Daily Hampshire Gazette - Established 1786
L/snow
32°
L/snow
Hi 33° | Lo 26°

Amy H. Meunier: A parent’s caution helps a child stay safe

To the editor:

The Amherst school system recently banned tree nut- and peanut-containing products in hopes of making school safer for kids and parents coping with food allergies. My sons’ school is also peanut- and tree nut free. Tree nuts include all nuts such as coconuts, almonds, cashews, pistachios, Brazil nuts, hazelnuts, pine nuts and walnuts.

So what’s a parent to do? Well, fortunately, peanuts and tree nuts are some of the more common allergens. If you look at the end of the ingredients list, you will see in bold print “this product contains.” This warning is required for dairy, soy, egg, wheat, fish, shellfish, peanuts and tree nuts; the eight most common allergens, or “the Big Eight.” So, when you buy packaged products, look at the end of the ingredients list for the bold print allergens.

As a simple peanut butter substitute, I offer sunflower seed butter. Sunflower seeds are a good source of magnesium and phosphorus, and some B vitamins as well as iron. Hummus is also a great alternate protein which can be found in various flavors. Use as a dip for vegetables or multi-grain pita chips. My kids love the comfort of a thermos of hot soup for lunch on cold days. It’s hard to pack a lunchbox with variety five days a week. My son’s lunchbox has different compartments so that I pack vegetables, fruit and protein for each lunch. It’s a challenge some days, but by giving your child options, they may just be eating more fruits and vegetables. These are added steps for those parents who are not used to taking such precautions. But habit becomes routine and you’ll find it doesn’t take much longer once you have favorite safe products to buy. As you change your habits, know that your caution is helping a child stay safe.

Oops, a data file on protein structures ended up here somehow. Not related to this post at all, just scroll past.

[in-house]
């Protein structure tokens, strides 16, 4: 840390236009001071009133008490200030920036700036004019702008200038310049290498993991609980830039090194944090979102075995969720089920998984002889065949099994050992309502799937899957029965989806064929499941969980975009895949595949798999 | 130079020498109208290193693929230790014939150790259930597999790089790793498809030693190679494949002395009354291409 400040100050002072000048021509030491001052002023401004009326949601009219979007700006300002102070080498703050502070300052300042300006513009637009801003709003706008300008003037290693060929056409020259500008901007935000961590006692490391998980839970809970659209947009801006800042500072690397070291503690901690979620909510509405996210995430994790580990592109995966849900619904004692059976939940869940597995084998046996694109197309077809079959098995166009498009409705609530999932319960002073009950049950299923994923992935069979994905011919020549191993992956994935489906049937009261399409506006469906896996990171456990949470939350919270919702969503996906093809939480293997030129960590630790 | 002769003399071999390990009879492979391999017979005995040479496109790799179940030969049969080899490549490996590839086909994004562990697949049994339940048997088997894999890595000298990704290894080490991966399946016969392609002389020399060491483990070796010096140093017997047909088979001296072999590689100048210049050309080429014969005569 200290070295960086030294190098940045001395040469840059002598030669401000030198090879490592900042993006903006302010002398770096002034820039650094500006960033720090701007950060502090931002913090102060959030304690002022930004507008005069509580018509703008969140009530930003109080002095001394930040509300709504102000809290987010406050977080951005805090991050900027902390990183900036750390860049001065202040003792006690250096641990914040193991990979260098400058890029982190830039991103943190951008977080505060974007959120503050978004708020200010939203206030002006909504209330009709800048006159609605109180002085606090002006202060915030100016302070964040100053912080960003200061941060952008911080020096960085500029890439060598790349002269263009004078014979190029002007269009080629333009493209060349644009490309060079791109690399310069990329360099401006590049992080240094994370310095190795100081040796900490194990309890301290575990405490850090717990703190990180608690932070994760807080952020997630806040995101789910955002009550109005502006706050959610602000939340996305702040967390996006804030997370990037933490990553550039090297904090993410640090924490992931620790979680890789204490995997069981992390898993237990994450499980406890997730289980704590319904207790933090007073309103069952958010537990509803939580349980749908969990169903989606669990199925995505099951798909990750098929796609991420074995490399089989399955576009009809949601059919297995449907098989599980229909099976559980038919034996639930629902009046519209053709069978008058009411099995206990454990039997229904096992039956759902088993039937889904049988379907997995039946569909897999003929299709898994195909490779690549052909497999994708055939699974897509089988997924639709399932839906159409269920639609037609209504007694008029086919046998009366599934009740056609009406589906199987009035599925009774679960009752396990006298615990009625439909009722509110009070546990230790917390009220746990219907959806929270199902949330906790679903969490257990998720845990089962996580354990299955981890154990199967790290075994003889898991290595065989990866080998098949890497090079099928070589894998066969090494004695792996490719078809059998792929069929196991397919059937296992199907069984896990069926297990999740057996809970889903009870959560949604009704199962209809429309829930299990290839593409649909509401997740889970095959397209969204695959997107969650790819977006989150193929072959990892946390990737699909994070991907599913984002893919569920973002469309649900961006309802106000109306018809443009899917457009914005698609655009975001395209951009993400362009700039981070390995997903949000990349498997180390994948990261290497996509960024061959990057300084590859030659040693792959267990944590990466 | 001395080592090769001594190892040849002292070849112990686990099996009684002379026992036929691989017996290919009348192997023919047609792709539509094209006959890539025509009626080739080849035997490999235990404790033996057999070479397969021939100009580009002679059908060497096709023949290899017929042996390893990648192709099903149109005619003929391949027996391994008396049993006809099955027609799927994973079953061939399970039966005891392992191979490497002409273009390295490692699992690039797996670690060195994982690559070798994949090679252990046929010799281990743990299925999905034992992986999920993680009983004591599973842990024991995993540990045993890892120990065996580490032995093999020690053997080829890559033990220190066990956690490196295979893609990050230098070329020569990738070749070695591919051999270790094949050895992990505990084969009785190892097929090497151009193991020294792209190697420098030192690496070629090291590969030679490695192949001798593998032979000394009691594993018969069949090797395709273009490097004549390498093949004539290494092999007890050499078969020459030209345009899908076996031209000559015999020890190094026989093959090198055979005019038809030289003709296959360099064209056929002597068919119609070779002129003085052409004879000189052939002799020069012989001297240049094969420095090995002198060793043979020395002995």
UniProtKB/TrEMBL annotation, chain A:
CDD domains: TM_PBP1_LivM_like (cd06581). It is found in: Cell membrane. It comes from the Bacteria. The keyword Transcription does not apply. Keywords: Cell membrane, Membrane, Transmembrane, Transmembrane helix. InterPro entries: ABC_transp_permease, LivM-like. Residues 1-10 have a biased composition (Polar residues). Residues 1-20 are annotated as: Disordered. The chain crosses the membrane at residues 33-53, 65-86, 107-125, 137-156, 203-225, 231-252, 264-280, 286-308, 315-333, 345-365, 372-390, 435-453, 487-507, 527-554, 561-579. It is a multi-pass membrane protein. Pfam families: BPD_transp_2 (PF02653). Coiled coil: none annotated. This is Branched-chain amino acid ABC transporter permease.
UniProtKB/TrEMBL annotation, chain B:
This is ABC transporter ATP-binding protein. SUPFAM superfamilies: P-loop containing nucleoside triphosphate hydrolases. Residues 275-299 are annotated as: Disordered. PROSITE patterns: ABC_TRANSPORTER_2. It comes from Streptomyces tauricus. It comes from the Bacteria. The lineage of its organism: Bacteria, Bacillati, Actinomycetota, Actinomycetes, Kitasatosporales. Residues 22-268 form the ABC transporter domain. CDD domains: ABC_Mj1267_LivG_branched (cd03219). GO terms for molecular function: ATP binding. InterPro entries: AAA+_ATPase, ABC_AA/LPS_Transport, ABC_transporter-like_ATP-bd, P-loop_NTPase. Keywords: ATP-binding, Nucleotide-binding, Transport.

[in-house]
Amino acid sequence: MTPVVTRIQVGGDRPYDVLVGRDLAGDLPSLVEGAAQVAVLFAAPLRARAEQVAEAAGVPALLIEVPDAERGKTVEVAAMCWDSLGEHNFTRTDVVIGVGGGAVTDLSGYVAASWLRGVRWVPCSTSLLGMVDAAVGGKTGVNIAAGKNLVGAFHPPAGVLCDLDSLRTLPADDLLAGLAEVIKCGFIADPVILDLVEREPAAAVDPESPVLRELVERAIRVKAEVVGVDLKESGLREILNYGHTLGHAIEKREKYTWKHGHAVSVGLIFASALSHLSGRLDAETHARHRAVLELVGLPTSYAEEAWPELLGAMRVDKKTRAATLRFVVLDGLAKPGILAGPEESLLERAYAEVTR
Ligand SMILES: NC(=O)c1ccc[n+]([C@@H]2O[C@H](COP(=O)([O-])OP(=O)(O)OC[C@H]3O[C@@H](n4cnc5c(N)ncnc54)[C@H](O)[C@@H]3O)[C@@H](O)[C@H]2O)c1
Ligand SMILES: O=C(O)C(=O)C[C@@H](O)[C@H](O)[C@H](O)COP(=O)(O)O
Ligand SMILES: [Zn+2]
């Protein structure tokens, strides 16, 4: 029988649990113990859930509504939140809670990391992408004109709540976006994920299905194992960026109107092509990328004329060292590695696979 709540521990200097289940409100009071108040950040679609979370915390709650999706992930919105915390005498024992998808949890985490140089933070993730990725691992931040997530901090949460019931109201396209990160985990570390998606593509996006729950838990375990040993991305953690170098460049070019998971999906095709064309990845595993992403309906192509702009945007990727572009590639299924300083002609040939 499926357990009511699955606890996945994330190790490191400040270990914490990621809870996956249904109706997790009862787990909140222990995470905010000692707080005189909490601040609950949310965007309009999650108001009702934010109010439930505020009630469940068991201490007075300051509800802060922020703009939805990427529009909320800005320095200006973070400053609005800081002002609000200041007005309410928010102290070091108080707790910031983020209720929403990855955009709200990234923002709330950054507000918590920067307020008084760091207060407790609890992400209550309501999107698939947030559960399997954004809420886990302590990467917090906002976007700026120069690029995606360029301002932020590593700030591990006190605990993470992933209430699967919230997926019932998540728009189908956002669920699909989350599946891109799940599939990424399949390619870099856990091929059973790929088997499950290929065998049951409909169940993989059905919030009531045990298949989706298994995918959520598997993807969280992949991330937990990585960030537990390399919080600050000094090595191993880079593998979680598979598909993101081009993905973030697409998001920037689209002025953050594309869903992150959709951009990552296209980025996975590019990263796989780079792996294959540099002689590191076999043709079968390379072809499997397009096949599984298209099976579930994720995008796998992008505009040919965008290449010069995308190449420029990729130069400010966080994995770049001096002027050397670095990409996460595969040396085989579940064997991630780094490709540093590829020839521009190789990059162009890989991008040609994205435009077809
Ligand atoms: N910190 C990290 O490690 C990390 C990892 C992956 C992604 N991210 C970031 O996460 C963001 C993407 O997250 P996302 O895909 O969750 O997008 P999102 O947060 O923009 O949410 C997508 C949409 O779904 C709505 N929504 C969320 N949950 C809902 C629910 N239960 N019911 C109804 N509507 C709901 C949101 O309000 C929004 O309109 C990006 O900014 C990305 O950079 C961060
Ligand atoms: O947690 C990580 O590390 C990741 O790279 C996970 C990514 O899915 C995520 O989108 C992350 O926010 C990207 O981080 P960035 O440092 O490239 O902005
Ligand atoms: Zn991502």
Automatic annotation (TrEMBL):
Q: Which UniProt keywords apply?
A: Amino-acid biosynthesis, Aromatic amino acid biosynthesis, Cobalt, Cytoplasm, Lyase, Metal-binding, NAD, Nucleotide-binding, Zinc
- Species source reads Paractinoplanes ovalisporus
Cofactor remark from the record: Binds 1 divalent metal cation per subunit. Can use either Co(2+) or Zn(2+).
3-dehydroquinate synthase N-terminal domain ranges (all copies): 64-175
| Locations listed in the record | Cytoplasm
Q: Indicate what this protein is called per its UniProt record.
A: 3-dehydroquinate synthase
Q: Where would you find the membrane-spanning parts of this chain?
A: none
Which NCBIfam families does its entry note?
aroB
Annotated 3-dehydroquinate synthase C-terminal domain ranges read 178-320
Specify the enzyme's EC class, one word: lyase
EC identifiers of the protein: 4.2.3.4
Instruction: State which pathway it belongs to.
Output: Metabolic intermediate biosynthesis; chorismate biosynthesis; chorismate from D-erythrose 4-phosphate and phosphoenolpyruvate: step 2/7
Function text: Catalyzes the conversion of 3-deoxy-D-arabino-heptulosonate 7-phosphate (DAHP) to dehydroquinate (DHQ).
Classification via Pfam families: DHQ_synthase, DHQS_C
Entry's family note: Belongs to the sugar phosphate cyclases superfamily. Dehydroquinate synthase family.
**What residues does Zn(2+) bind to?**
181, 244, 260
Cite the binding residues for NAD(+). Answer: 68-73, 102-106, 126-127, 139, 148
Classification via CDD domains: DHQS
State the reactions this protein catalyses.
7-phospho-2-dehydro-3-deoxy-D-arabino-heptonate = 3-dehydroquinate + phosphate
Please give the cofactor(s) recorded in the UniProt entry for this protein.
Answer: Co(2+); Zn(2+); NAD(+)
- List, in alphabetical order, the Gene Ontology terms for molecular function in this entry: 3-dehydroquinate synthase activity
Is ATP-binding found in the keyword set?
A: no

Amy H. Meunier

Springfield

The writer, a mother of two, is a dietetics student at UMass Amherst.

Related

Ali Wicks-Lim: Sees wide support in Amherst for nut products ban

Friday, November 8, 2013

AMHERST — I’ve been following the coverage of the Amherst school department’s plan for restricting nuts in the public schools. In a recent Gazette article the district’s perspective was well represented and there was plenty of coverage about the 20 people who’d complained and the outspoken parent who objects. Lacking was a parent’s voice in support of this decision. This …

Legacy Comments0
There are no comments yet. Be the first!
Post a Comment

You must be registered to comment on stories. Click here to register.